The Top 5 United States Senators
By By Tray Smith
Though the Senate is generally a slow moving body that remains in a consistent political gridlock, there are some good Senators serving our country today who are willing to buck their party and ignore political consequences in order to do what they believe is right for our nation. Two of those Senators come from Alabama, which is blessed with a pair of very capable Senators in Jeff Sessions and Richard Shelby. But beyond Alabama, I want to share with you my thoughts on whom our nation's best senators are. I have judged these leaders not on their ability to shovel pork money into their home states, but on their overall national leadership abilities.
Arizona Republican John McCain
When John McCain was captured by enemy soldiers in the Vietnam War, his dad was leading U.S. war efforts in Southeast Asia. Because of his father's status, the Vietnamese offered to free McCain as an embarrassment to the United States. But McCain opted instead to remain with his fellow soldiers in a Vietnamese POW camp. He is still unable to raise his hands above his head because of the torture he was subjected to. Since then, he has risen to become the most popular politician in the country, and is the front-runner for the GOP nomination in 2008. Earning a reputation as maverick, McCain has defied his party line on issues such as gay marriage, the environment, and campaign finance reform while remaining committed to the principles of a small federal government. McCain is an ardent supporter of the Iraqi war and President Bush. Whether you agree with him or not, you must admit that he always stands up for what he believes is best for the country, no matter what the party line is.
Mississippi Republican Trent Lott
While Senator Lott has seen his influence in the Senate diminish over the last few years, his legacy continues to serve him well. Leading the GOP Senate Majority during the Clinton years, Lott arguable advanced more conservative policies than his successor, Senator Bill Frist, has advanced under President Bush. He has also come to the aid of his home state of Mississippi in the aftermath of Hurricane Katrina, which destroyed his own home in Pascagoula. Lott was run out of his leadership post in 2002 after he made some complementary remarks to Senator Strom Thurmond, a former segregationist, at his 100th Birthday Party. Those remarks were blown out of context by the media, and President Bush's staff soon got involved to ensure Lott's downfall (at the time, they saw him as a political threat to the party.) Now they are probably wishing they had Lott back, as are several Republicans who believe that Lott has a better vision for the party than his less capable successor. He may return to the leadership post after this year's midterm elections.
Connecticut Democrat Joe Lieberman
After the 2000 Presidential election, Al Gore grew a beard and made a movie about ice caps. But his running mate, Senator Joe Lieberman of Connecticut, returned to the Senate to become a constructive leader in our post September 11 world. Lieberman wholeheartedly supported creating a Department of Homeland Security and implementing the recommendations of the 9/11 Commission. Since the 2003 invasion of Iraq, he has also been an unashamed supporter of the Bush administration's war effort, a rarity in today's Democratic Party. As he runs for reelection in Connecticut this year, Lieberman is being challenged for the Democratic nomination by a liberal who is opposed to the war. While Lieberman will most likely win, a loss for Lieberman will hurt the party more than anyone. Lieberman is one of the few Democrats who understand the threat we face, and he is respected by moderate Republicans and Independents who admire his ability to take a stand.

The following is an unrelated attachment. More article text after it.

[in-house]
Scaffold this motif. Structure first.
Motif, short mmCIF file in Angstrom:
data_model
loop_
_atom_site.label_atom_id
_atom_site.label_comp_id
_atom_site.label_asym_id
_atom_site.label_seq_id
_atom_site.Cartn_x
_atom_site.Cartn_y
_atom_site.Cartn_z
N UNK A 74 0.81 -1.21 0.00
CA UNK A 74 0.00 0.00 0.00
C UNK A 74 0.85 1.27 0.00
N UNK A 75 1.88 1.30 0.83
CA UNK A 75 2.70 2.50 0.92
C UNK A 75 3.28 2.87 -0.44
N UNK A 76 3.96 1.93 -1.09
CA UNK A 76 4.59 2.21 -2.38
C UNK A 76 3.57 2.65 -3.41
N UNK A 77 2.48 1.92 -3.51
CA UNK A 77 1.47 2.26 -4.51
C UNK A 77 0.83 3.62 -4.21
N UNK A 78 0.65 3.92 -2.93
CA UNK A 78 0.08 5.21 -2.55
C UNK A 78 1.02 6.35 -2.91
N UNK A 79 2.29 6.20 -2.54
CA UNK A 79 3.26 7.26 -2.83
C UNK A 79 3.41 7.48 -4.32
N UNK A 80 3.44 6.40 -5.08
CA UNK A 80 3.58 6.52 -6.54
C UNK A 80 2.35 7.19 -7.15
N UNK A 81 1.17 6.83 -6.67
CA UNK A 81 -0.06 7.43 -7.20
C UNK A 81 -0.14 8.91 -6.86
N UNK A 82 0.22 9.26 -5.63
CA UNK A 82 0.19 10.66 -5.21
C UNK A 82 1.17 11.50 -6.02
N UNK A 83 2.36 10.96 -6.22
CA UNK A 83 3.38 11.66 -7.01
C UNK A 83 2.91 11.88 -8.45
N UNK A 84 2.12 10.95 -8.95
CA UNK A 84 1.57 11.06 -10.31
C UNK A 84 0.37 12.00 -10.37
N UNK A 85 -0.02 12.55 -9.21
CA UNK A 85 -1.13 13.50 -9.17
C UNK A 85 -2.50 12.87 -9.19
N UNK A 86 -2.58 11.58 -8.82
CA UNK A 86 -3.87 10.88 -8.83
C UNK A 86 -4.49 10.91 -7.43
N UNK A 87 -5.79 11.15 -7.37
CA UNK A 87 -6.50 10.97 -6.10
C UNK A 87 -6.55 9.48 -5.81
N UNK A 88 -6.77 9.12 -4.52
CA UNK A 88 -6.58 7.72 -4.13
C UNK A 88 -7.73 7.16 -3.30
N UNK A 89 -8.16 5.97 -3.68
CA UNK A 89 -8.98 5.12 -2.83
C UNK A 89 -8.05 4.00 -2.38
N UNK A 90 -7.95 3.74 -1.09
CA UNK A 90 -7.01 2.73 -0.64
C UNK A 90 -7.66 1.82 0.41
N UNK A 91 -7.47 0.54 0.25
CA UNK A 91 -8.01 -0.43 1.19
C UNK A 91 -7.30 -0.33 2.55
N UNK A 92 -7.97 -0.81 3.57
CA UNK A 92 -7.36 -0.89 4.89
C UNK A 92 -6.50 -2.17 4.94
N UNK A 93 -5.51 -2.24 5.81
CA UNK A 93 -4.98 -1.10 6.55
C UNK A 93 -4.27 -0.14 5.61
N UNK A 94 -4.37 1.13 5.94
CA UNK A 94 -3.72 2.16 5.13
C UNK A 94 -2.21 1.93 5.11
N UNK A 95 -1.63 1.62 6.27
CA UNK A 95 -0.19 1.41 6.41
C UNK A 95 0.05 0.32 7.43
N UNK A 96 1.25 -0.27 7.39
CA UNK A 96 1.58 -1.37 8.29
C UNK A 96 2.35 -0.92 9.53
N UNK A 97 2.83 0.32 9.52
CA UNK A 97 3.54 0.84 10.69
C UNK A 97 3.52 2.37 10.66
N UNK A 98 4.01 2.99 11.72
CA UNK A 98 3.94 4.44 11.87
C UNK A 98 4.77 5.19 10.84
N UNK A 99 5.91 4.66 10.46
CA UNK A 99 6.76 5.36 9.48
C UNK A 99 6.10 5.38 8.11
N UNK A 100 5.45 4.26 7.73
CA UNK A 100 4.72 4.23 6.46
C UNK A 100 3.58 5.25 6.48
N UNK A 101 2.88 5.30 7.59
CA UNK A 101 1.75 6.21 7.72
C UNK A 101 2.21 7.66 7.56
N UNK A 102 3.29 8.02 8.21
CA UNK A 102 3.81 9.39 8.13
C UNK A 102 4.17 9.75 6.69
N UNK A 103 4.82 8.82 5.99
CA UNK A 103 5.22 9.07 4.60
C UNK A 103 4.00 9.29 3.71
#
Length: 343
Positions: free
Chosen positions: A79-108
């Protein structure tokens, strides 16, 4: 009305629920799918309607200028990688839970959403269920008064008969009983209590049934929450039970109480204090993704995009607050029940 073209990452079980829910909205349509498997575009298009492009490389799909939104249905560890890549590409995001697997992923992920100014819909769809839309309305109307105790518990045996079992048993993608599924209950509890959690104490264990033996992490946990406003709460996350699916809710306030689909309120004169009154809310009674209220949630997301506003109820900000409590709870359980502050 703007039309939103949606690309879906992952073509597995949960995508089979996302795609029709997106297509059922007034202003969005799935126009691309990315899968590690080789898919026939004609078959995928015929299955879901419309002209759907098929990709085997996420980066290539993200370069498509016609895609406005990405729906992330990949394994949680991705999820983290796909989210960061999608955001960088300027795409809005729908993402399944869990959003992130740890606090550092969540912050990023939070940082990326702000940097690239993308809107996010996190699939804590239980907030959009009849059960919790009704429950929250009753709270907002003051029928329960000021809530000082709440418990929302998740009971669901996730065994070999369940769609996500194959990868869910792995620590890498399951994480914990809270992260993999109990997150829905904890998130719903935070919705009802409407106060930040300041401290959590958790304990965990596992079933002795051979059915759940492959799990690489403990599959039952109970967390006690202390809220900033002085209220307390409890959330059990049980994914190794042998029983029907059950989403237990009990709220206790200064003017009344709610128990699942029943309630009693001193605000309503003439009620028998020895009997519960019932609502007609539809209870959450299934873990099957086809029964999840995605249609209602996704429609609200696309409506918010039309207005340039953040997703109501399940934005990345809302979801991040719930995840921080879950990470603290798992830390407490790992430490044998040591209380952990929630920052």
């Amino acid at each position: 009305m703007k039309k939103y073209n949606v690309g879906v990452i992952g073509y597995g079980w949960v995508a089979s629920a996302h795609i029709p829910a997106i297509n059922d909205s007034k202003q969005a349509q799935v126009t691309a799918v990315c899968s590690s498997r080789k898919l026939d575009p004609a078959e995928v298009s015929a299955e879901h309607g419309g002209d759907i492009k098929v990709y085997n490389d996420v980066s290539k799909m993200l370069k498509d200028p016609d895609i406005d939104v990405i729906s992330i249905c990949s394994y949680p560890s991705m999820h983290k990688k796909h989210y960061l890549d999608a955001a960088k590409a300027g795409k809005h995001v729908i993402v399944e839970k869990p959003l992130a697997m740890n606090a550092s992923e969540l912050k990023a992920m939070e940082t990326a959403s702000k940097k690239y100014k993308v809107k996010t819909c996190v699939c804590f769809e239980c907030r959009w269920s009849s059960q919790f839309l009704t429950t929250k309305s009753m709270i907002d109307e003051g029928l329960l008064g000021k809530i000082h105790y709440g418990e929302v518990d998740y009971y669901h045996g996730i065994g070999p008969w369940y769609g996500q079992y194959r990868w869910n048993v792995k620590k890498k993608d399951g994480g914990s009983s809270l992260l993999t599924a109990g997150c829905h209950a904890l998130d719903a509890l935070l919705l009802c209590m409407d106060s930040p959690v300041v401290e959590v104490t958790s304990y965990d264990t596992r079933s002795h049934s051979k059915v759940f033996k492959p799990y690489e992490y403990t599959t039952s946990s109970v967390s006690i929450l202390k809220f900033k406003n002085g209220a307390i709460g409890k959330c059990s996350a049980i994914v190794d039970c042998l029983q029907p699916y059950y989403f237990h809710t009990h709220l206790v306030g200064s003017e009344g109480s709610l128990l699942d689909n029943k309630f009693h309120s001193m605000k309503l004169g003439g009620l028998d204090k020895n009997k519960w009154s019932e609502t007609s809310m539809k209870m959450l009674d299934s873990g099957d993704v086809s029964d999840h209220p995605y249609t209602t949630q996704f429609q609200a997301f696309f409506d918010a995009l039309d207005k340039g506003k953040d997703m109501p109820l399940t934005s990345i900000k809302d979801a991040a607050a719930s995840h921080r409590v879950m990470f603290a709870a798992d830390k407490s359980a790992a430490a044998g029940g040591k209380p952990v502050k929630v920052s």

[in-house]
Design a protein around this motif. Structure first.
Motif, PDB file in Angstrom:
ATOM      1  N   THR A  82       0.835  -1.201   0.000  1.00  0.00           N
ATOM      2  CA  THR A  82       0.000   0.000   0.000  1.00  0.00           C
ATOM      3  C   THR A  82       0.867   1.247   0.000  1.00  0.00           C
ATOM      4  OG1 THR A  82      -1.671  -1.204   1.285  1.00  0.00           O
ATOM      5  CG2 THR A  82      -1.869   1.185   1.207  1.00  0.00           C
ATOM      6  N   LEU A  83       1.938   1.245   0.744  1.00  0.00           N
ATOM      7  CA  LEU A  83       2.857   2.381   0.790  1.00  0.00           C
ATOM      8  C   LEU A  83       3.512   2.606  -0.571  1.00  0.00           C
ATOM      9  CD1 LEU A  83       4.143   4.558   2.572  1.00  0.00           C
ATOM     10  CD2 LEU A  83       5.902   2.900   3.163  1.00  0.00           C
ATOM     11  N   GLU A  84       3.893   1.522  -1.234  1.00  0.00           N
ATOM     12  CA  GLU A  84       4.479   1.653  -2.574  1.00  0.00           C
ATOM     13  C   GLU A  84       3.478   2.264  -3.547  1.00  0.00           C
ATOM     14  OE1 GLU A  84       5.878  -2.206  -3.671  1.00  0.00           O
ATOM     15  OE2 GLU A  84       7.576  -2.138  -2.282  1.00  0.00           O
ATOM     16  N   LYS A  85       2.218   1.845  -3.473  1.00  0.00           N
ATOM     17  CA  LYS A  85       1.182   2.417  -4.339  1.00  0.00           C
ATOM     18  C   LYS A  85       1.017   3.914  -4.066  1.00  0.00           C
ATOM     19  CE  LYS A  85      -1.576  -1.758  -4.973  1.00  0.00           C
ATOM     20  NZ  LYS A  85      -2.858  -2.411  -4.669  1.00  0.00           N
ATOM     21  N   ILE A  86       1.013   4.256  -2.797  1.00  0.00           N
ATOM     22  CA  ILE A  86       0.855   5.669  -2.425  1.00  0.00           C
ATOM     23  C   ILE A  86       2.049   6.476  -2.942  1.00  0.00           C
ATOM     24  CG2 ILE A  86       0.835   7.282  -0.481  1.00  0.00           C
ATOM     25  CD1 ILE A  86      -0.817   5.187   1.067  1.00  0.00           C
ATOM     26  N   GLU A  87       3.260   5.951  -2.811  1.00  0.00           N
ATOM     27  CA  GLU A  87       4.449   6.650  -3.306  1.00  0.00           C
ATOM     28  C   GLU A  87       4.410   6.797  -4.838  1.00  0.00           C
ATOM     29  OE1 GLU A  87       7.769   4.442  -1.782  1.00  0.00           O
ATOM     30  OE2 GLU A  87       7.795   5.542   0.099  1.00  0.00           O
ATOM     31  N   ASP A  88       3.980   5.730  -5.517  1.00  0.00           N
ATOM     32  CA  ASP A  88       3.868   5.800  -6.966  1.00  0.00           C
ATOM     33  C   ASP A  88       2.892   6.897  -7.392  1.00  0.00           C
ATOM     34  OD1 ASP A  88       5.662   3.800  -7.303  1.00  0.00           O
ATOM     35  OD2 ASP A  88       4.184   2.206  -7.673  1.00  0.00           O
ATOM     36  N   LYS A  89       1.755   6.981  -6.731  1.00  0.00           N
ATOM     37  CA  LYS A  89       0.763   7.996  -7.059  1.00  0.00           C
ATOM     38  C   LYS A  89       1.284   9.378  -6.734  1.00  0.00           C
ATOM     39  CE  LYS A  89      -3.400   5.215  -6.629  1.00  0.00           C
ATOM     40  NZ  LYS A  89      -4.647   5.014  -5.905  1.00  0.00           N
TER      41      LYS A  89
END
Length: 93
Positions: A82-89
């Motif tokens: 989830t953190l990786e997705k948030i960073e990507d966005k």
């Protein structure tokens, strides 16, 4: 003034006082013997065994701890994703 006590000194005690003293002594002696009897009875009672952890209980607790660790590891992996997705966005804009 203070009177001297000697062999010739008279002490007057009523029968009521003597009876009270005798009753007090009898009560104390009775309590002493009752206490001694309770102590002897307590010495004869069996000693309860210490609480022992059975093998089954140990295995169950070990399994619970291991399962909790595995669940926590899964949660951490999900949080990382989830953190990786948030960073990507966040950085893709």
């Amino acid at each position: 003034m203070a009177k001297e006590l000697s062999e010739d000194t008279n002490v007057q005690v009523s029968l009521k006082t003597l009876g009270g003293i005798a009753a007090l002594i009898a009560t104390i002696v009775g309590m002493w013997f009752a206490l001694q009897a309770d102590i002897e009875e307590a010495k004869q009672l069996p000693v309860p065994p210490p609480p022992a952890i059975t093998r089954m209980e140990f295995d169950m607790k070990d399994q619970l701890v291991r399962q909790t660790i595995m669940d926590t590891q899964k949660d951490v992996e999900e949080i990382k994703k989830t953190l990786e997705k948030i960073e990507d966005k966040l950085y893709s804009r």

Oklahoma Republican Tom Coburn
Ascending into the Senate from his U.S. House seat in 2004, Tom Coburn has bucked the Senate GOP Leadership, calling his Republican colleagues out on their lack of fiscal restraint. As a member of the House, he was one of a few conservatives who abided by the voluntary term limits that he set for himself when he first ran for office (Governor Riley was another one) and he has not lost the revolutionary spirit of the Republican Party of the 1990's. While Coburn is new in the Senate and does not have much influence, he is never scared to say what he feels.
Delaware Democrat Joe Biden
Several Democratic politicians are opposed to the war in Iraq, and Democrats and Republicans alike have pointed out mistake that have been made. But as the ranking member of the Senate Foreign Relations Committee, Joe Biden is one of the few Senators on either side of the aisle who has put forward concrete ideas on how to move forward. Instead of using the war for talking points, he has shown a true commitment to victory. While I do not agree with him on most issues, his willingness to engage in constructive debate and speak his mind score him points with people like myself. The Democrats would be smart to nominate him in 2008.
What I have found is that the best Senators are those who are willing to stand for what they believe in, regardless of the political consequences. While they often see their ideas ignored by their fellow Senators, at least the public at large know where these leaders stand. Several of these Senators have Presidential ambitions for 2008, and their party's would be wise to nominate them.
That is the bottom line.
Tray Smith is a sophomore at Escambia County High School. He writes a political column for the Atmore Advance. He can be reached for contact at email@example.com. His column appears weekly.